If you are into all things military, you might be pleased to learn that the Navy just took delivery of two prototype wide-area motion imagery (WAMI) sensors designed for its Blackjack drones. The new sensors significantly increase the drones’ surveillance capabilities by giving them a wide-area view of up to five square miles.
Navy officials are understandably excited about the capabilities of the new sensor. It makes the Blackjack all that more effective as a surveillance drone on the battlefield. It gives the U.S. forces the upper hand by allowing them a greater field of vision from the air.
More About the Sensor
The WAMI sensor is derived from a specific form of reconnaissance that relies on specialized software and technically advanced camera systems to monitor large areas of real estate, according to Rock West Solutions, a California company that specializes in signal processing and sensor development for defense applications.
WAMI sensors are more than just highly advanced video cameras. They have the ability to monitor all sorts of movement for miles, regardless of the time of day or night – all from the air. They are often combined with full-motion video (FMV) for maximum surveillance.
FMV cameras are particularly good at what they do. They offer high-resolution images and impressive zoom capabilities. But as one expert cited by a recent Defense News story explained, the view from an FMV camera is a lot like looking through a drinking straw. The WAMI sensor gives a much wider view over a much larger area.
Combining the Technologies
Navy officials are excited about their new sensors because combining them with existing FMV capabilities only improves airborne surveillance. The WAMI sensors can keep an eye on the largest area of real estate while FMV can zoom in and take detailed video when necessary. Combining the two is essentially having the best of both worlds on a single drone.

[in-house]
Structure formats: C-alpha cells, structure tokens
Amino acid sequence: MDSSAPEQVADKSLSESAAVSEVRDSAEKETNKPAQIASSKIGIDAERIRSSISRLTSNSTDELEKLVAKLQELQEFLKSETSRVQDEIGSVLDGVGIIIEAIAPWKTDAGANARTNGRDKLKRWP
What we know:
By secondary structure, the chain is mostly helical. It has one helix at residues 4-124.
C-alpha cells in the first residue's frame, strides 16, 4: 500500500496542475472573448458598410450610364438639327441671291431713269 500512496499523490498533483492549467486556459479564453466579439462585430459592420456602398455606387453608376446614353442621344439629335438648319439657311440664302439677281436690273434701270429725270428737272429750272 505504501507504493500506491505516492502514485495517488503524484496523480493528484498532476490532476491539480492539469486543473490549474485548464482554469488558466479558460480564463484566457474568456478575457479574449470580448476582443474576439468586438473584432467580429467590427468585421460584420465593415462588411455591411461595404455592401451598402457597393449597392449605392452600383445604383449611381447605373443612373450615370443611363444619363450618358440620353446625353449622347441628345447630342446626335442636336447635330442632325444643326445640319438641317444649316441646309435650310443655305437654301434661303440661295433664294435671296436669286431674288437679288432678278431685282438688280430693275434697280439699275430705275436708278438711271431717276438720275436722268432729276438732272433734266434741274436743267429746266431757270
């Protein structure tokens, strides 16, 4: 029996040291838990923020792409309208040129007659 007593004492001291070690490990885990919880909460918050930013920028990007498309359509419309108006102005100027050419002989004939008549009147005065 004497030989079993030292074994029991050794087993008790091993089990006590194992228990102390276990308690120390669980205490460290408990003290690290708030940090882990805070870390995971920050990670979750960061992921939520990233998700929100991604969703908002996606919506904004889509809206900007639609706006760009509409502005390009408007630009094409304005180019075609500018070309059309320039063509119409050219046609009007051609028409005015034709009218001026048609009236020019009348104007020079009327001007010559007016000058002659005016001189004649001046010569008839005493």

More importantly, a visual range of 5 miles really ups the surveillance game for the U.S. Navy. It doesn’t hurt that the Blackjack can stay airborne for some 16 hours with a flight range of up to 50 km. On-board storage allows for up to six hours of video storage while the drone can also transmit video signals to ground receivers in real-time.
It all adds up to more effective surveillance. Having so many electronic eyes in the sky gives U.S. ground forces a better understanding of what lies before them at any point on the battlefield. It allows our forces to monitor enemy movements even when battlefields are inactive. WAMI is just a great tool for keeping an eye on the enemy in anticipation of future conflict.
A War of Sensors
The good folks at Rock West Solutions say that the prototype sensors now being tested by the Navy are a precursor of things to come. Indeed, they are neither the first nor the last sensors developed for defense applications. Modern warfare is, for all intents and purposes, a war of sensors. The side with the most sophisticated sensors is likely to prevail.
This is one of the primary reasons the U.S. military cannot stop investing in new technologies. Now that the proverbial finger has been removed from the dike, there is no stopping the technological flood. Our enemies will be waging future wars armed with the latest technology. If we refuse to keep up, we will be losers in the next great conflict.
While we contemplate that, the Navy has some work to do. Hopefully, their new WAMI sensors turn out to be everything they are advertised to be.